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pop goes the profit profit


Arizona Daily Wildcat

AARON FARNSWORTH/Arizona Daily Wildcat Business management junior, Mike Ladenburg, stirs kernels in a quickly heating kettle at his house yesterday. Mike and his partner, Arno Bergstrom, run a kettle corn business out of their home.

By Maggie Burnett
Arizona Daily Wildcat,
October 14, 1999

Move over Orville Redenbacher - a different kind of corn has come to town. Kettle Corn, a popular snack at festivals nationwide, has made its debut at the University of Arizona thanks to the entrepreneurial efforts of Mike Ladenburg, 21, and Arno Bergstrom, 20, both UA juniors.

The two students, roommates and best friends since childhood, decided to initiate sales of the sweet popcorn two weeks ago. The business is modeled after that of Bergstrom's father who has been running his own Kettle Corn stand in Washington for close to nine months.

Ladenburg and Bergstrom decided to sell Kettle Corn at local festivals and farmers' markets as a way to earn some extra cash and begin to pay off their student loans.

The process of making Kettle Corn is not a difficult one. The procedure includes pouring vegetable oil into a huge kettle-like pot over a hot burner, adding uncooked popcorn and dumping in a load of sugar while "stirring like crazy," Bergstrom said. A big wooden stick is used to mix and coat the popcorn so that the kernels glaze evenly as they pop.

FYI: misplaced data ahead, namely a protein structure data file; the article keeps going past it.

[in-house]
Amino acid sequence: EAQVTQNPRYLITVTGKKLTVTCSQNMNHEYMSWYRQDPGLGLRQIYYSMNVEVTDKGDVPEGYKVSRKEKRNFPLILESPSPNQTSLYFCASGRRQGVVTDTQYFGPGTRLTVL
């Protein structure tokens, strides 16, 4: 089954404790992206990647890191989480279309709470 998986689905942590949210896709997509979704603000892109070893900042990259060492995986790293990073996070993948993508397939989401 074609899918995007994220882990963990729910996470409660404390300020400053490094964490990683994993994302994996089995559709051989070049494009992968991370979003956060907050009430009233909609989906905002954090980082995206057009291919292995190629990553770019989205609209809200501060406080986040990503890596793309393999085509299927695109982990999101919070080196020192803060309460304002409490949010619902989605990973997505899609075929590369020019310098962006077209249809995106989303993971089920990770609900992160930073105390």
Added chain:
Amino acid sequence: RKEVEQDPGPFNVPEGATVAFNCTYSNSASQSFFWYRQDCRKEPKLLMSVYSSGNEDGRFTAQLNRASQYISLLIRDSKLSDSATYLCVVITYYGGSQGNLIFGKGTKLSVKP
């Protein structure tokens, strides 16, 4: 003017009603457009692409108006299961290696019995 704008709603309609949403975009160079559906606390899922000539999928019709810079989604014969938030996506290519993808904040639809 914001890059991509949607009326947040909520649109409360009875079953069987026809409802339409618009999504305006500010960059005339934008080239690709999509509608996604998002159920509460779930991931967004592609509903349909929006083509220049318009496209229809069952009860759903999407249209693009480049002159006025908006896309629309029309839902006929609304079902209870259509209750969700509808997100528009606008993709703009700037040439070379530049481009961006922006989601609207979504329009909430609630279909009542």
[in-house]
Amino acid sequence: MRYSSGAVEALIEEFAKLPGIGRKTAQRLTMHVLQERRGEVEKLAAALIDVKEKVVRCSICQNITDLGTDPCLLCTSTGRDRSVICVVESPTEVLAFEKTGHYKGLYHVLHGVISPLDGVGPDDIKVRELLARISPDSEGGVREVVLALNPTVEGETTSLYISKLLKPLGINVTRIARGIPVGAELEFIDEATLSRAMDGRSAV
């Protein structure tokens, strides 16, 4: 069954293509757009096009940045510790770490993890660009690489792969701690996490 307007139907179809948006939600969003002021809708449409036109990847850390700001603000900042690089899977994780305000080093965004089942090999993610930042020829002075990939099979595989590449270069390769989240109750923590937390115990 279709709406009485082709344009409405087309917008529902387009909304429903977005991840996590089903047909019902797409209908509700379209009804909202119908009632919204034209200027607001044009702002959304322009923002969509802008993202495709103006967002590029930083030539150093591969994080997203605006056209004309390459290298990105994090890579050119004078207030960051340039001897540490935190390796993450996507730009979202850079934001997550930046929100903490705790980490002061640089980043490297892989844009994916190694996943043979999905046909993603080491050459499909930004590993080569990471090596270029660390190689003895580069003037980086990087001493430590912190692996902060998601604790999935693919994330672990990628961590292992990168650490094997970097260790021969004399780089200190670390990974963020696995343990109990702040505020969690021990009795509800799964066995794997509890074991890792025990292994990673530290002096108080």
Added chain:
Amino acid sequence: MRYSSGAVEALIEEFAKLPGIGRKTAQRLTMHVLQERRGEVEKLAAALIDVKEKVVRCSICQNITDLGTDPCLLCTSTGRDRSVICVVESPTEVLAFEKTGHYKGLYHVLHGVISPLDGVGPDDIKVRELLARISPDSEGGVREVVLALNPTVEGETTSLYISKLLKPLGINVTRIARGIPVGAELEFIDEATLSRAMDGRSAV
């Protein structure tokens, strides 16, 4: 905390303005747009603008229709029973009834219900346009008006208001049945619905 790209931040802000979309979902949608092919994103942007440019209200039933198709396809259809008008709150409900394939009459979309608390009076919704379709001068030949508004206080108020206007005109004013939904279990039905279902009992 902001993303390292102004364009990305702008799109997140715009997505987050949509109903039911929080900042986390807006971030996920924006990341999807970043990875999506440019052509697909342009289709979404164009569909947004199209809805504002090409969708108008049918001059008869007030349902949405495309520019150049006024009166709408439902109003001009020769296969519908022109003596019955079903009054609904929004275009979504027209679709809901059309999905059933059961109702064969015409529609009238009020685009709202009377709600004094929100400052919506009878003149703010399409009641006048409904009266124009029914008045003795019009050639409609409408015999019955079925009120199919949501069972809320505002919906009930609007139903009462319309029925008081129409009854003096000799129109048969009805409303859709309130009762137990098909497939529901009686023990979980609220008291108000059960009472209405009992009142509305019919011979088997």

All of this may sound deliciously easy, but the entrepreneurs were required to undergo a multitude of tests and health checks before the business was granted permission to operate. The Tucson Health Department required an inspection of the actual Kettle Corn booth and the homes of both students before certifying the business. Since the business is so new, the majority of equipment is stored in a mobile unit that doubles as the Kettle Corn stand. The rest of the ingredients and supplies are being stored at their house.

While both maintain an avid interest in business, only Ladenburg is a business major at the UA. At one time Bergstrom studied business, but he is now focused on physical therapy.

Although business has been slow to start, Ladenburg and Bergstrom estimated a total profit of close to $350 at last Sunday's Sun Farmers' Market. That's about 50 pounds of Kettle Corn sold in one day.

When the partners take their business to this weekend's Downtown Saturday Night, they are expecting to double that amount with their booth on Congress Street.

"Sure we'd do this as a weekend thing but it's not a career," Bergstrom said of the business's future.

Both agreed they'd like to run a business together in the future, perhaps marketing something involving "extreme sports," since both are rock climbing, mountain biking and parachuting enthusiasts.

To get a taste of the sweet Kettle Corn (and to catch a glimpse of the guys in action), go to the Kettle Corn booth on Sundays at the Sun Farmers' Market on Campbell Avenue, or go to Downtown Saturday Night on the first and third Saturday evening of each month. Small bags of popcorn run at $2 each while large bags are $4.

Also keep an eye open for the duo at the Fourth Avenue Street Fair in early December. Applications and bids for fair spots begin in just a few short weeks.

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